Entries in Alex Bogusky (144)
Everyone I know who continues to do what they love has had to say "forget it" to the money at least once. If you do anything long enough you may have to say it more than once. The funny thing about all this is that the people around us keep telling us that it's some sort of sacrifice to put happiness before money. Yet it isn't the people doing what they love that are making the sacrifice. No. Seems to me that the ultimate sacrifice is when you settle for an uninspiring life just because everybody else if doing it.
The collapse and fire in that Cambodian factory last week makes me feel like I'm stuck in some sort of unending loop. Like we're all somehow doomed to play out the same scenario over and over like in the movie Groundhog Day. I mean we're still finding bodies in the Bangladesh factory collapse. And it's not like we had even come to grips with suicides and unsafe conditions in the Foxconn factories that make the iPhone. Before that, weren't we still getting over learning about lead paint in toys from China? Oh, And not long before that we had the tragic news that our running shoes were being made by little kids.
A few months ago, FearLess, COMMON, The Butler Bros, Jason Mraz and the Center for Science in the Public Interest (CSPI) launched a joint film production and site called therealbears.org. The film followed a family of Soda-loving Polar Bears that winds up having the same issues with sugary drinks that many of us in real life are having: obesity, diabetes, and the complications that come with them.
The Coca-Cola company was quick to reach out to me in an effort to get me up to speed "on all the good work they are doing." At the time I had no idea they were about to attempt to enter the conversation on obesity. You can see their film here and you can see a translation of the corp. speak here.
A lunch was set up with their lead scientist, Dr. Rhona Applebaum. I showed up on time but she was early and had already taken a seat in the back. It took me a while to find her sittling at a tiny tabel by the window. My first impression was that Dr. Applebaum is perfectly cast for her role. She is a smart, articulate, thin, attractive and immaculately put together middle-aged woman who is in control of her emotions at all times. We ordered our lunch and began the search for common ground. I wish I could remember what she ordered to drink but I don't. It was either water or a Diet Coke.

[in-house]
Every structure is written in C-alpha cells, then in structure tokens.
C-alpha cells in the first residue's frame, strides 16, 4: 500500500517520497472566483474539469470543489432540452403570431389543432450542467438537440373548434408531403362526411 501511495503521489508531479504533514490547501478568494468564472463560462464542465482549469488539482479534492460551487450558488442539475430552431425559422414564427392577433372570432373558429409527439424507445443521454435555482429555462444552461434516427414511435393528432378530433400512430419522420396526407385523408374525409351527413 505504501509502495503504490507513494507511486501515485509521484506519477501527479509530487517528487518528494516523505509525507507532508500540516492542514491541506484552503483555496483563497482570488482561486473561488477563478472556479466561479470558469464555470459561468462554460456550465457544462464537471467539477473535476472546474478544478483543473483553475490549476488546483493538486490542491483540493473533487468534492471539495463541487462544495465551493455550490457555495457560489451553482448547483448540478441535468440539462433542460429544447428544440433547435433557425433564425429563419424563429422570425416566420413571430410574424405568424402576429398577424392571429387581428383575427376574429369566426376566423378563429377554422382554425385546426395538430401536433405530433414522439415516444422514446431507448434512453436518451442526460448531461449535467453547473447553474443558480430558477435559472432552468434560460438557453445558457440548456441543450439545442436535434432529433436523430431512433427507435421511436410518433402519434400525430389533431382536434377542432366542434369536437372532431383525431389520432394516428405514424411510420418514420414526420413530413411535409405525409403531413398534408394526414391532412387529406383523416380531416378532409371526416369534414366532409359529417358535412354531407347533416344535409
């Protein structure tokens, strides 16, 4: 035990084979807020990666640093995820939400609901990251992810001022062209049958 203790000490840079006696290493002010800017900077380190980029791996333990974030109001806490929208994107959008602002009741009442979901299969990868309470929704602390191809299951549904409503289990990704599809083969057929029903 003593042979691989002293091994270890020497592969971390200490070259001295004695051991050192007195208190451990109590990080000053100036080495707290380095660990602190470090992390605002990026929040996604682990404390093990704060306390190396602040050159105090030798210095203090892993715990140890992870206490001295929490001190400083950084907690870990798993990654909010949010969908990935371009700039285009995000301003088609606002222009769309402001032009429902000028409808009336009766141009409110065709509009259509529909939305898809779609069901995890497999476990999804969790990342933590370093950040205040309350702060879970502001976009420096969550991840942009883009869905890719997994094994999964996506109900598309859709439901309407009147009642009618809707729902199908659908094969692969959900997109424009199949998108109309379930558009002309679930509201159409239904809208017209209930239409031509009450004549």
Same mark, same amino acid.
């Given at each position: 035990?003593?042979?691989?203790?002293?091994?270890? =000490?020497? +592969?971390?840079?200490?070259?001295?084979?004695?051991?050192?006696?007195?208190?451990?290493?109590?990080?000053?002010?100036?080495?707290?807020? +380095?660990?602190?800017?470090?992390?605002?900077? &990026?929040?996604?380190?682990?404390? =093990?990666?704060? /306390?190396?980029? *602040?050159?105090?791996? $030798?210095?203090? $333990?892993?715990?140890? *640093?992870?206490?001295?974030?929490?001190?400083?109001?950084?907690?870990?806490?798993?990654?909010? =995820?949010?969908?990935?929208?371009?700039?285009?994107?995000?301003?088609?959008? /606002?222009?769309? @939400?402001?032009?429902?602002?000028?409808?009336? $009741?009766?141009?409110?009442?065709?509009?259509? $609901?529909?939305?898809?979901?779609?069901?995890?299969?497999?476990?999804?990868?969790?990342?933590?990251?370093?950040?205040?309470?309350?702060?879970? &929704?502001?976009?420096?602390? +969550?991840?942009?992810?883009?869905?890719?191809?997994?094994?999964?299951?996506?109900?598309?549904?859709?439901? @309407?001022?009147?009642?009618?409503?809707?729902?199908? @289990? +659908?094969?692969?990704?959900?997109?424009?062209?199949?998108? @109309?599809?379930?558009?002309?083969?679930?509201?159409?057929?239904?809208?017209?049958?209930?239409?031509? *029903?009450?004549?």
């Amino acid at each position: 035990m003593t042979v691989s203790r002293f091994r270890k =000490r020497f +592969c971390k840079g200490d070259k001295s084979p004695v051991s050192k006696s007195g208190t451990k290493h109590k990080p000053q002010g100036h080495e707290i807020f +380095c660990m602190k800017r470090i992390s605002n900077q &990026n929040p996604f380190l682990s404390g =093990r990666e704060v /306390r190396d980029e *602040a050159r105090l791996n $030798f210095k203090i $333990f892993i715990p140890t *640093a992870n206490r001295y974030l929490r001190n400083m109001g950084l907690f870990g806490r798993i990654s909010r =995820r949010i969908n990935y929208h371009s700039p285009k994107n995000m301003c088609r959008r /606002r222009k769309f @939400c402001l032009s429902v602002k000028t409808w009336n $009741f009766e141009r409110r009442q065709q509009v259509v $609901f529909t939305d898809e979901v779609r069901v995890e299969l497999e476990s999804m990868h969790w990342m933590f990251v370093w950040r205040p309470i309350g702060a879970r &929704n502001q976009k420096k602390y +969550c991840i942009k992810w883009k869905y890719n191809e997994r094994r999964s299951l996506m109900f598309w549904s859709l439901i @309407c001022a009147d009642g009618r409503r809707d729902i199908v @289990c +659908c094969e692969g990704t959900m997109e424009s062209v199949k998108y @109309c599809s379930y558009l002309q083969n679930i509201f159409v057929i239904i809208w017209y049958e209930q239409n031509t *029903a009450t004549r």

Usually, as an advertising person considers advertising anything, they think about how they personally feel about that product. Or, in this case, when you advertise against something, you still consider how you feel and what kind of relationship you have had with that product.
When CSPI Mike Jacobsen approached me to create work with the goal of changing the cultural conversation around soda I was just finishing off a 32oz. Big Gulp. Not actually, but I've never been militant about soda either. Like a lot of people, I really like one from time to time.
The Ad Age headline and story is obviously a bit different than the one I would have written. I'm certainly not squaring off against Pepsi - I'm supporting human beings who have the right to know what they are eating.
I actually have a lot of empathy for these companies that find temselves on the wrong side of issues with more and more frequency. Thanks to E.J. Schultz the writer of this piece. It's a difficult issue to cover and I think he did a good job in at least bringing up Genetically Modified Ingredients and the work being done to label them. Ad Age only used bits of what I sent them so I thought I'd include the rest here.